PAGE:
Looking up at the Vatican. Mesmerized!

 

A visit to the Vatican could be one of the most rewarding trips for quite a lot of reasons. People probably do it for some personal reasons. The Vatican could mean different things to different people.

As the seat of the Roman Catholic Church, The Holy See, it is appealing to Catholics. It is also a City State, a state within a city, walled around and separated from the city of Rome. That has got to be fascinating!

St Peter’s Basilica is the largest church in the world. It is worth visiting. I ran into many non-Catholics at the Vatican suggesting that the appeal of the place goes beyond religion. The architecture is centuries old and awesome. It still looks pristine attesting to the power of ongoing maintenance of the structures.

There are many people, saints and popes, buried in St. Peter’s and particularly in the mausoleums under St Peter’s Basilica. There are visible bodies of Popes on display in St. Peter’s Basilica. That gave me an eerie feeling!

A visit to the Vatican could be educational: Lots of things to learn about the architecture, paintings, administration, crowd control, and the economy – the tourist economy! Understanding how this place has defied centuries of intrigues and wars is a great lesson in itself!

The Vatican Museum is unlike any other museum in the world. It contains both religious and secular artifacts, some dating back centuries. The ceilings, paintings, archeological displays, maps, sculptures,   ornate doors, archways and the long corridors are breathtaking in their intricate designs and details. One wonders about the master craftsmanship that must have gone into making these happen. Some of these must have taken years to complete.

I was mesmerized and fascinated by the intricate designs of the ceilings, the archways, the doors and the paintings. Looking up at the Vatican could provide lessons in biblical and church history, artisanship, master craftsmanship, endurance, perseverance, and above all, the role of planning and implementation in achieving a desired target or goal in life.

It was not easy getting adequate photos. The moving crowd and the constant jostling, the lighting situation, sunlight streaming in through the roofs and windows casting reflections on the walls and ceilings make such a venture a challenge. If you have all the time in the world, it is doable. Here are some selected photos of ‘up’ at the Vatican. Admire them and see what you can learn from them!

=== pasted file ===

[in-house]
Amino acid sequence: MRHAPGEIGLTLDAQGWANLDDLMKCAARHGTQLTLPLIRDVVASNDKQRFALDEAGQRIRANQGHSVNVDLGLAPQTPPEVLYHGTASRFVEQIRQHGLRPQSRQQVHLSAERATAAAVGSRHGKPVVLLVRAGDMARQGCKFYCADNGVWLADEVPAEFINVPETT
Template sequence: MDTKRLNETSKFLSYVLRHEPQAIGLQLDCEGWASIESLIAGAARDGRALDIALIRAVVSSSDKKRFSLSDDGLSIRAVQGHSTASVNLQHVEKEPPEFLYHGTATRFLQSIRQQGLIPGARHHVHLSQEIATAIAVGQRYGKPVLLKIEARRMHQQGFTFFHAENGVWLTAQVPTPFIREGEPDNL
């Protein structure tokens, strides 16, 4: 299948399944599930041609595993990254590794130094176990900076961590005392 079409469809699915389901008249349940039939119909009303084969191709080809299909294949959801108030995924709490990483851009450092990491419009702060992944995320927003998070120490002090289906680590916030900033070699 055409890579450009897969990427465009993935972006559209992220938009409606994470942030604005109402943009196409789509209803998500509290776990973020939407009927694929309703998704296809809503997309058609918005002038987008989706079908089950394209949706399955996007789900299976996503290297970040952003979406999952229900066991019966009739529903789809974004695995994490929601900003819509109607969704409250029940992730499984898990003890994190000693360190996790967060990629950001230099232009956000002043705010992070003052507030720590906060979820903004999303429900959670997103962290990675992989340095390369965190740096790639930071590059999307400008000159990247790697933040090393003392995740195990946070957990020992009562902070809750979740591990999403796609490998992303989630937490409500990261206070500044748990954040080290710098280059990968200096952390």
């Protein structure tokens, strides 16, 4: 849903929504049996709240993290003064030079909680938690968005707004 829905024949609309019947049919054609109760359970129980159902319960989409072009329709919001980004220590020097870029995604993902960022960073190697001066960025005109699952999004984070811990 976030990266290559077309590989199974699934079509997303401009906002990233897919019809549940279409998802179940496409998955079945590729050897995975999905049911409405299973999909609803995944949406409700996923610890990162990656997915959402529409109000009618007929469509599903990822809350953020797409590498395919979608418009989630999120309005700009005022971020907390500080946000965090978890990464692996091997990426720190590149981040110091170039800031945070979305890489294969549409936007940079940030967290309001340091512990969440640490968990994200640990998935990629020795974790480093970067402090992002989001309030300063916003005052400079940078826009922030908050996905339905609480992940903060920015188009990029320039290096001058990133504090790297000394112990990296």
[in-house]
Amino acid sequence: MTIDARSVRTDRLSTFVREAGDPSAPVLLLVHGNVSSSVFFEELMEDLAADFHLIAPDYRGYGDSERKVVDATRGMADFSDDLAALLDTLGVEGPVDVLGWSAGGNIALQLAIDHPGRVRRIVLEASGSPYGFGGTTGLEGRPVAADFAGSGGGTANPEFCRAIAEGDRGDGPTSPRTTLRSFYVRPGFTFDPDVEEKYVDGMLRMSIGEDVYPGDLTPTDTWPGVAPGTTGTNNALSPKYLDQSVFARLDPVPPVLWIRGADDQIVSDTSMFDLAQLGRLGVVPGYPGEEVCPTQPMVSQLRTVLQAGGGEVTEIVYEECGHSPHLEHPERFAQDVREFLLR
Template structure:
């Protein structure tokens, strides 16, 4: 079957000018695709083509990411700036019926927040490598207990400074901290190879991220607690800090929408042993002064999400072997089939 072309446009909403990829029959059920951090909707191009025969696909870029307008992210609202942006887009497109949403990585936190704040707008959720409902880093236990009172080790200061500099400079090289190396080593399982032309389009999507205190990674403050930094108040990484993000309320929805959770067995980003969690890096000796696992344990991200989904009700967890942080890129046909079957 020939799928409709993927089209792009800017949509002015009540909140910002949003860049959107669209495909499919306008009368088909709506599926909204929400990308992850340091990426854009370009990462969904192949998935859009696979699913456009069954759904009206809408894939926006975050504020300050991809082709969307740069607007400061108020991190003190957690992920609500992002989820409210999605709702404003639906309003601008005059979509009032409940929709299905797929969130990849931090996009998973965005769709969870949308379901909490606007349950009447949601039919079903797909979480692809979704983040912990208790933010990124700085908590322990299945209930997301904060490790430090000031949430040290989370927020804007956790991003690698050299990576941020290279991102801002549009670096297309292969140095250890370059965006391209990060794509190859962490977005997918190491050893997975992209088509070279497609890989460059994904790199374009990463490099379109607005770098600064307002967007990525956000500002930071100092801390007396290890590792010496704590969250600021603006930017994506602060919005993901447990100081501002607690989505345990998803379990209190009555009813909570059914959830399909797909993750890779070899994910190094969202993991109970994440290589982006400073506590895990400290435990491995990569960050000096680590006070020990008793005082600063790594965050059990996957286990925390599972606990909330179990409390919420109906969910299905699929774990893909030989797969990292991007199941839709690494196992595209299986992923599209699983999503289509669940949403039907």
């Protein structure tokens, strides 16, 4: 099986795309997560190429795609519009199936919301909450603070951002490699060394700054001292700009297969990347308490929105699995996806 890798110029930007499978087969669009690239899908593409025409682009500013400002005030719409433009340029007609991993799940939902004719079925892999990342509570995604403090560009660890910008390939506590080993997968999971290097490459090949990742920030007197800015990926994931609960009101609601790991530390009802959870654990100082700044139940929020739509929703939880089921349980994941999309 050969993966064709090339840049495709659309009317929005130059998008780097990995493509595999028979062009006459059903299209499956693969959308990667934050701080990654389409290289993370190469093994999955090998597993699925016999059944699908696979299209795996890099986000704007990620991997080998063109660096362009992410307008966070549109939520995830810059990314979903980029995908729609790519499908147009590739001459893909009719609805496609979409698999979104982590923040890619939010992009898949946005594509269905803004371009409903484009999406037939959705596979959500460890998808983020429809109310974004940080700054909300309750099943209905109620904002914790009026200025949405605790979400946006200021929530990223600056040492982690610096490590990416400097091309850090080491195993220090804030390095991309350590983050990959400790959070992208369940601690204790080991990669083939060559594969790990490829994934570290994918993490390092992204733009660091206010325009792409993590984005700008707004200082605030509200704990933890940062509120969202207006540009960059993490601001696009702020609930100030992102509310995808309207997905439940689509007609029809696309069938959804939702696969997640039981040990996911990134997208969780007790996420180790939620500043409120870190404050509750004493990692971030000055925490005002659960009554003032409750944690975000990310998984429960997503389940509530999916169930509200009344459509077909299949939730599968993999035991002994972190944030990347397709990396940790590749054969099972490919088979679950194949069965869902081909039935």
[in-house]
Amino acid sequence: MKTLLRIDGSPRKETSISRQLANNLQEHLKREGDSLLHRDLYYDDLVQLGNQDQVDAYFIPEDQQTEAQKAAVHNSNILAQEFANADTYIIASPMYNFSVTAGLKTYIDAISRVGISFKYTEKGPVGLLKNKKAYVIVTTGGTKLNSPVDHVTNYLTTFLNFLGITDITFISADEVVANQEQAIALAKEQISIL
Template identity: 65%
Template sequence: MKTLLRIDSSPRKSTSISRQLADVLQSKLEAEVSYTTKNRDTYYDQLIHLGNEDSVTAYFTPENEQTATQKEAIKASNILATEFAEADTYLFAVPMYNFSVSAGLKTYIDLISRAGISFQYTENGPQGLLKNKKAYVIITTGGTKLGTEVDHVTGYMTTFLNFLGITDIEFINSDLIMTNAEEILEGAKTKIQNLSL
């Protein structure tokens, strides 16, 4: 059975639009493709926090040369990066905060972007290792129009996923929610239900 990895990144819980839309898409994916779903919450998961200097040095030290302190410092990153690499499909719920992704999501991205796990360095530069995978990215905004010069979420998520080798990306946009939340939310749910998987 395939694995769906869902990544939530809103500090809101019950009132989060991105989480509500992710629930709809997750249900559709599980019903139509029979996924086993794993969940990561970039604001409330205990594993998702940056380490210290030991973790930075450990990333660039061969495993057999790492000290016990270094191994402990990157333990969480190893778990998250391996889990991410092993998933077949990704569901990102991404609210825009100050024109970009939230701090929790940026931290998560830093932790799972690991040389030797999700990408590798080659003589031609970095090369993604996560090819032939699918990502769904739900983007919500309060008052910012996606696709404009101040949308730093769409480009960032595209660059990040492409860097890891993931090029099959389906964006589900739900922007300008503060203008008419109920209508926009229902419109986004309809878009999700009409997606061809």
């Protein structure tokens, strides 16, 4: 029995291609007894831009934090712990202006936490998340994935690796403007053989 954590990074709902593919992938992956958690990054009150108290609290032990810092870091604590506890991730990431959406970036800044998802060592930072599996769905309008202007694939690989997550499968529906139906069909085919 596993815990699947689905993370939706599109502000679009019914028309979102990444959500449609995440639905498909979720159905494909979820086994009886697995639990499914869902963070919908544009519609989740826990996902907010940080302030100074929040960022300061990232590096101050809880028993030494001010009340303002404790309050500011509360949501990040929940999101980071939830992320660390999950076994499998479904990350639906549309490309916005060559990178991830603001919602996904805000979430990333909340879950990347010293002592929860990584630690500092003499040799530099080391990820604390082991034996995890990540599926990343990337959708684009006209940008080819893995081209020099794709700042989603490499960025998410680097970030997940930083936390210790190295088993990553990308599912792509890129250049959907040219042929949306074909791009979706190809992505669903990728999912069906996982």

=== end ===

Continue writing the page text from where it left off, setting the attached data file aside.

Further information could be obtained at www.vaticanstate.va/

 

The Holy Family Shrine Gretna Nebraska

The Holy Family Shrine is a Catholic shrine dedicated to the Holy Family. It is located along highway I - 80 in Gretna Nebraska, about 15 minutes by road outside Omaha city limit. It is located on an expanse rolling field and consists of a visitor center and a chapel in a serene setting. The chapel is readily visible from the highway below.

It also has a grotto of the Virgin Mary. A huge crucifix spire directly faces the highway.

Recently some additional construction, although incomplete at the time of my last visit, is been done to include a walkway and Stations of the Cross on the North end of the property. The new walkway through surrounding field should provide plenty of space to wander and reflect. There were lots of butterflies this past summer around the structures. That should excite butterfly lovers to visit this serene place.

It is generally very quiet and peaceful when there is sparse number of visitors or when you are lucky to be the lone visitor. There is a gift shop in the visitor center. There was no admission fee at the times I visited in the past but donations and patronage of the gift items in the visitor center are welcome.

I visited on weekends spending a few minutes to an hour about once or twice in the year. I often took my visitors from out of town to the shrine. It is a place of solace when you are looking for specific answers to specific questions.

I have included photos taken both in the summer and fall, so you could choose when to visit!

 

More information about the project and site is available on the ‘holyfamilyshrineproject.com’.